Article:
The buyer of the most expensive piece of art ever sold at auction—Leonardo da Vinci’s “Salvator Mundi”—is no longer a mystery. The New York Times reported that Bader bin Abdullah bin Mohammed bin Farhan al Saud was the person who foot the $450.3 million price tag for the masterpiece at the Christie’s auction in New York last month.
While the buyer may curiously be described as “a little known Saudi Prince” with no history as an art collector, the painting’s new home will thankfully be public to all. The Louvre Abu Dhabi announced on Twitter that“Salvator Mundi” will hang on its walls—a da Vinci in the Gulf to rival the “Mona Lisa” back at the Louvre’s Paris home base. The painting’s acquisition fits nicely with Abu Dhabi’s larger attempt to assert itself as a cultural hotspot for international tourists. What’s more, it’s helping prove that there are far more reasons to visit the UAE than luxury shopping malls and the skyscrapers of Dubai.
In addition to the Louvre franchise—which opened in November in and already features an impressive permanent collection of over 600 pieces—Abu Dhabi also has an outpost of New York University and plans to open a branch of New York’s venerable Guggenheim Museum. The UAE’s national museum, The Zayed National Museum, is also slated to open in the city (though it is fraught with delays and a recent falling out with the British Museum, who was meant to co-curate its collection). All three museums feature serious architectural bona fides: The Louvre was designed by master French architect Jean Nouvel; Frank Gehry is behind the Guggenheim; and Norman Foster is the name behind the Zayad Museum.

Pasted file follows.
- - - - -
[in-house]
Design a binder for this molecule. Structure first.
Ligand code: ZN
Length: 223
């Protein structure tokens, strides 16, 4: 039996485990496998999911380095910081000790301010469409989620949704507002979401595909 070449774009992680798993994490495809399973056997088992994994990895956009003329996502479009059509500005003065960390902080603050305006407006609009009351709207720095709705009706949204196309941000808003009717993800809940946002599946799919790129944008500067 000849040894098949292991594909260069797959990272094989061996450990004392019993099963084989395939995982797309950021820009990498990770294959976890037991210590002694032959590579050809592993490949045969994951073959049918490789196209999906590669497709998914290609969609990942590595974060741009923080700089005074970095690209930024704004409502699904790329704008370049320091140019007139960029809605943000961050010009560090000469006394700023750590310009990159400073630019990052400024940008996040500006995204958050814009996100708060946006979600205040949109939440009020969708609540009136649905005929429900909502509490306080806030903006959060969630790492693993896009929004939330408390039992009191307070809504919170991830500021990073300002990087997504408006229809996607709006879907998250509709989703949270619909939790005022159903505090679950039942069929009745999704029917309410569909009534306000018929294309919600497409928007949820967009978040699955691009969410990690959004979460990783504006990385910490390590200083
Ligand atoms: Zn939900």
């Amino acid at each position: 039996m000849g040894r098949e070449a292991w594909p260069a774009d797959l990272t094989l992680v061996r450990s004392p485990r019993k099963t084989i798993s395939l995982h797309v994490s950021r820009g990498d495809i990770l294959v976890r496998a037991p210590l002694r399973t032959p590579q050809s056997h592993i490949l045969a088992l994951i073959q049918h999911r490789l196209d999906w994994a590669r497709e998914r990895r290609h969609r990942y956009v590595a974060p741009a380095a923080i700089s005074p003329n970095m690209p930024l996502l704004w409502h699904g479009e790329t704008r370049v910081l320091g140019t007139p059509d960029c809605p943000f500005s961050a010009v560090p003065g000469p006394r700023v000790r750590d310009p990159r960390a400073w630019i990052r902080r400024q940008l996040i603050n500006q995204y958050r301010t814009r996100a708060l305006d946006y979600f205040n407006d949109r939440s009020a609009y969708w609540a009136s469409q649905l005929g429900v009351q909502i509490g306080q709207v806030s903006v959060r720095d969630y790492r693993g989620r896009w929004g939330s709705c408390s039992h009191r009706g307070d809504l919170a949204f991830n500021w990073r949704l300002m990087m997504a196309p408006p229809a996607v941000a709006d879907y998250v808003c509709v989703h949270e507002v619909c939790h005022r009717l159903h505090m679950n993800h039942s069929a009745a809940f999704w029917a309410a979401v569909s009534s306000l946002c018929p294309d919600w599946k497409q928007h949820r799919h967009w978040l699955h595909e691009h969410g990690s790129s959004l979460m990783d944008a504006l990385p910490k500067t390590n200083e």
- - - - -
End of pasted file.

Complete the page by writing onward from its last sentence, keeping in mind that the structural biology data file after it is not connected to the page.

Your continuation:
For such a young country, the UAE’s creation of a robust tourism industry is impressive. Data from the World Travel and Tourism Council (WTTC) shows that out of 186 nations, the UAE places 26 in terms of the relative importance of the tourism industry’s total contribution to GDP. But as Abu Dhabi works to position itself as the center of the arts and culture in the Gulf—and the Middle East at large—it faces problems of perception typically not found in other culture capitals like Paris or New York.
It’s no secret that the UAE is embroiled in a simmering geopolitical conflict, having recently cut ties with neighboring Qatar as part of a plan to isolate the gas-rich nation in partnership with other Arab countries like Saudi Arabia, Bahrain, and Egypt. While this instability may not necessarily affect daily life for Emiratis, studies show that regional instability can impact tourism numbers—particularly if tensions (or headlines about those tensions) peak during a prime booking season. According to 2015 data from the WTTC, political instability can take the largest hit on a nation’s tourism arrivals, with an average recovery time of 26.7 months, compared to just 13 months for terrorism, 21.3 months for disease outbreak, and 23.8 months for environmental disaster.
There is no question that the acquisition of Salvator Mundi will help boost Abu Dhabi’s cultural cachet—and that having it on public display, rather than languishing in a private collection, is a boon for the art world. However, when it comes to where people travel, the perception of risk and uncertainty is often more important than the attractions—no matter how glossy—on the ground.